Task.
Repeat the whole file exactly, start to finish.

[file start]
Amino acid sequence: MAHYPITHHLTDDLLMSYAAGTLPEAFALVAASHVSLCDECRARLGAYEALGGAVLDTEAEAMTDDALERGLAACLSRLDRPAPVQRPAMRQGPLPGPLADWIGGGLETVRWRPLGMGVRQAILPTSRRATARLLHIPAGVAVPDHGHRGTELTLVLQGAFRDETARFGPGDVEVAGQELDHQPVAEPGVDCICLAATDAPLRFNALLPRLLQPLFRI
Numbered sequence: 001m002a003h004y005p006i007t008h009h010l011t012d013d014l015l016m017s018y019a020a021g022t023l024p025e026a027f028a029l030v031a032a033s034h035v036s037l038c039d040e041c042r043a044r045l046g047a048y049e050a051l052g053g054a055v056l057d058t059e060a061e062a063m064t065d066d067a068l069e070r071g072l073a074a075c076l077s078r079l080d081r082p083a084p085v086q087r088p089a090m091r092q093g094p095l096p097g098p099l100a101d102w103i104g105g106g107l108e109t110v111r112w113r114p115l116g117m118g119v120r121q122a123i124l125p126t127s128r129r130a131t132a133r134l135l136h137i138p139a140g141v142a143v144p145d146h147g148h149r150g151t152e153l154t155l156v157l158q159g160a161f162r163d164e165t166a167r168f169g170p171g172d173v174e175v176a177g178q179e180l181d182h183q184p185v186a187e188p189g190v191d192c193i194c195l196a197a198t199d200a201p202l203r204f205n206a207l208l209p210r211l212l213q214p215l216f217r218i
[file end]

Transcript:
Amino acid sequence: MAHYPITHHLTDDLLMSYAAGTLPEAFALVAASHVSLCDECRARLGAYEALGGAVLDTEAEAMTDDALERGLAACLSRLDRPAPVQRPAMRQGPLPGPLADWIGGGLETVRWRPLGMGVRQAILPTSRRATARLLHIPAGVAVPDHGHRGTELTLVLQGAFRDETARFGPGDVEVAGQELDHQPVAEPGVDCICLAATDAPLRFNALLPRLLQPLFRI
Numbered sequence: 001m002a003h004y005p006i007t008h009h010l011t012d013d014l015l016m017s018y019a020a021g022t023l024p025e026a027f028a029l030v031a032a033s034h035v036s037l038c039d040e041c042r043a044r045l046g047a048y049e050a051l052g053g054a055v056l057d058t059e060a061e062a063m064t065d066d067a068l069e070r071g072l073a074a075c076l077s078r079l080d081r082p083a084p085v086q087r088p089a090m091r092q093g094p095l096p097g098p099l100a101d102w103i104g105g106g107l108e109t110v111r112w113r114p115l116g117m118g119v120r121q122a123i124l125p126t127s128r129r130a131t132a133r134l135l136h137i138p139a140g141v142a143v144p145d146h147g148h149r150g151t152e153l154t155l156v157l158q159g160a161f162r163d164e165t166a167r168f169g170p171g172d173v174e175v176a177g178q179e180l181d182h183q184p185v186a187e188p189g190v191d192c193i194c195l196a197a198t199d200a201p202l203r204f205n206a207l208l209p210r211l212l213q214p215l216f217r218i